If you were going to split beer enthusiasts into two broad churches, one would worship the malt and yeast characters in beers made by actual monks; the other would worship hops and flee to the New World, or more specifically, Portland, Oregon.
As for the site of Armageddon, neither party would have picked New Zealand, from whence this beer came. It is certainly the American, hop-filled vision of the end times rather than one imagined by Trappists.
Epic says: “In the beginning, there was nothing. Then an impish brewer piled a ludicrous amount of hops into a batch of beer. This zymurgical big bang is Epic Armageddon, an apocalyptic assault on your preconceptions and taste buds. It may be too huge for this fragile planet so enjoy this beer like it was the last one on Earth”
I say: Pours a orange-copper color. The aroma is hops, the flavour is hoppy to the point of being oily and resinous; pine forest and orange. No maltiness or any other character, just hops, which amply conceals the 6.66% alcohol punch. The finish is bitter. It’s unbalanced just like a good India pale ale should be.
It’s probably no great surprise that I’m a sucker for seasonal beers: they’re a key diversion for the neophiliac drinker. They give brewers the chance to bring their wilder experiments to market without the threat of destroying the good name of a brewery. If they’re a disastrous mistake, at least it is fleeting. If the beer is a success, you’ll have an excruciating wait until next year.
Monteith’s Doppelbock Winter Ale is back in season; it is a rich, malty and alcoholic ale that is out of style, if you’re a beer purist. It is not a doppelbock by any stretch of the imagination (a “A very strong and rich lager” according to the BJCP style guidelines), so I’m not sure why the doppelbock deception made its way onto the diminutive 330ml bottle. Frankly, I can’t say the word “doppelbock” often enough, armed with the knowledge that it translates as double-goat from German, so I can understand their conceit.
Monteith’s say: “A profound enveloping winter beer. Monteith’s Doppelbock Winter Ale is a smoothly rich beer with a dense head, a powerful aroma, and chocolatey malt notes ñ the perfect way to cheer yourself up this winter. ”
I say: Is it legal to say that beer cures seasonal affective disorder? In the glass, this faux-doppelbock bears a striking resemblance to Coca-Cola, brownish-black and thin. Dull aroma and a fading head, like an elderly uncle. The flavour is heavy on the malt with a touch of allspice. In previous seasons, Monteith’s was producing a more intriguing and richer brew than this from their New Zealand brewery. They can do better in the coming seasons.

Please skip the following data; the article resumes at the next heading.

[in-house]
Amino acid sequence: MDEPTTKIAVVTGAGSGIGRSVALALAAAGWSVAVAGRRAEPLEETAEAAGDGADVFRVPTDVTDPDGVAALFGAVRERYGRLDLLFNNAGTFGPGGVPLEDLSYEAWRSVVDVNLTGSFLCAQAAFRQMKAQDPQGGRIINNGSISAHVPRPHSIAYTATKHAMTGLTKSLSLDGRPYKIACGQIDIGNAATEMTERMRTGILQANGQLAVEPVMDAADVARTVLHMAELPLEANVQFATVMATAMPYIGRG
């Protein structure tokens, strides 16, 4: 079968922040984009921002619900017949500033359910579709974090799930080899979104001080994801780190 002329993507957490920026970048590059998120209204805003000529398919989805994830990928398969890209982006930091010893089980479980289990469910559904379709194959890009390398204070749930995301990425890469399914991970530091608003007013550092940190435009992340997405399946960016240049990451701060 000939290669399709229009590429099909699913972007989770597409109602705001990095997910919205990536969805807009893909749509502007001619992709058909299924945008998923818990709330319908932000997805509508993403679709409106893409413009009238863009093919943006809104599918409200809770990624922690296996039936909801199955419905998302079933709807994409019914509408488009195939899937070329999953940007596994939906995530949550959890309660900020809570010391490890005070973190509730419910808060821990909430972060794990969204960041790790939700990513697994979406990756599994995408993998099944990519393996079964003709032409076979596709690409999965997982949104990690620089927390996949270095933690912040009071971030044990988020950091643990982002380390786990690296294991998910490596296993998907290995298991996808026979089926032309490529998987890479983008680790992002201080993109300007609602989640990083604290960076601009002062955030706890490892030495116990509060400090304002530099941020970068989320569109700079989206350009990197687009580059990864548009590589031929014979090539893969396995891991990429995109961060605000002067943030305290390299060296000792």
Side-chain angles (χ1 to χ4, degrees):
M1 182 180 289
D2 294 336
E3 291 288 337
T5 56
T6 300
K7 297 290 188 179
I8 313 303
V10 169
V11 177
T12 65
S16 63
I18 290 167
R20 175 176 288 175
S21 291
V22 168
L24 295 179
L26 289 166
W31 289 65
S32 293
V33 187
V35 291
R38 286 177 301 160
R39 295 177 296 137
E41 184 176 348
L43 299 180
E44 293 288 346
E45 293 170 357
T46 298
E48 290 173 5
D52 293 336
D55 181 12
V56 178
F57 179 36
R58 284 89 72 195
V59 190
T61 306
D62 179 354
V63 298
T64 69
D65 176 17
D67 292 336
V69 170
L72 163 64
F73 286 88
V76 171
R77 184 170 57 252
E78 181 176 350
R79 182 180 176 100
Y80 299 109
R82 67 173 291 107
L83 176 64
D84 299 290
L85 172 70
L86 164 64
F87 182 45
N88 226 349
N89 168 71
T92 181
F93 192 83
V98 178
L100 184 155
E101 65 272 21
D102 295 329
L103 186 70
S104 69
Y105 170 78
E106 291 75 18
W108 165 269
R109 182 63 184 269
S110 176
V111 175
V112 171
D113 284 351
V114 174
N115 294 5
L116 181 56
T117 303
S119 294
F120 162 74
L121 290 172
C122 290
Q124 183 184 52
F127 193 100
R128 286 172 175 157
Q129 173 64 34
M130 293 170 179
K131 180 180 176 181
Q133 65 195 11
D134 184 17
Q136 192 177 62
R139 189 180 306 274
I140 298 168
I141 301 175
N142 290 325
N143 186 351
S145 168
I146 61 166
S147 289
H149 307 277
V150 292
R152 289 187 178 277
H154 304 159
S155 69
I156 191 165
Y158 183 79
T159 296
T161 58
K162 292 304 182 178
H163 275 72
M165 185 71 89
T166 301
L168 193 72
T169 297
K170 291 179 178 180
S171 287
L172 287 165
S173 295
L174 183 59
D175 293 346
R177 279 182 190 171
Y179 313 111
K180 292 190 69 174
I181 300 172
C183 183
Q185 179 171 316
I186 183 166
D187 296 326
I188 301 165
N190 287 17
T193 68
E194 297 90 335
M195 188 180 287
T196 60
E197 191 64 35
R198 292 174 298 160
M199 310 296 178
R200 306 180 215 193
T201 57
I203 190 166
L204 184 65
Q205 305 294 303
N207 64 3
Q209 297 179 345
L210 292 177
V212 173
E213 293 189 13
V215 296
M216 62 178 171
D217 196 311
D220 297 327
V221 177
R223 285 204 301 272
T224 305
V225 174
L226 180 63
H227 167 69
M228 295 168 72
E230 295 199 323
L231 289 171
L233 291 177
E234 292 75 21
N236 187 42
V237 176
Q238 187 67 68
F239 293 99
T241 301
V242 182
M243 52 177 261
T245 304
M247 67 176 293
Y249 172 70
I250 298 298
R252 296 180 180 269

Spiced beers generally fit alongside those other joke beers like chili beer or a perfectly-skunked Corona. In the official judging guidelines, they’re relegated to the category of “Spice, Herb, or Vegetable Beer” to languish amongst the beers that simply don’t work elsewhere. At best, they get passed off as a Belgian specialty ale, a beer with too many characters to characterise.
Most of the people who brew them are certifiably mad; the type of brewer who thinks that the one missing flavor from their porter is pumpkin. I like the hint of coriander and orange peel in a Hoegaarden but don’t really want a beer that boasts that its primary appeal is that it tastes unlike beer but more like garden.
Thus I approached Taieri George with caution. It comes from the brilliant brewers at Emerson’s as a spiced ale, brewed seasonally and released on March 6, the birthday of brewer Richard Emerson’s father, George. It’s also named after a train. A train in New Zealand.
Emerson’s says: “The beer pours a reddish brown hue and offers a delightful aroma of freshly baked hot cross buns with a hint of chocolate…the luscious malt and spice flavours are balanced with just enough hop dryness”
I say: It is much like liquified hot cross bun, pouring with a foamy, dirty brown head at the suggested 8 degrees C. I imagine this is how the Easter Bunny tastes if you put him through the Pacojet. The added cinnamon and the spiciness of the nutmeg aren’t at all cloying and balance with the malt, and the high alcohol content remains slyly hidden. This is a fantastic beer for Winter. This batch, bottle-conditioned since March, would probably hold up to more aging, developing into something even more complex for next season.
Price: A$10.99 per pint bottle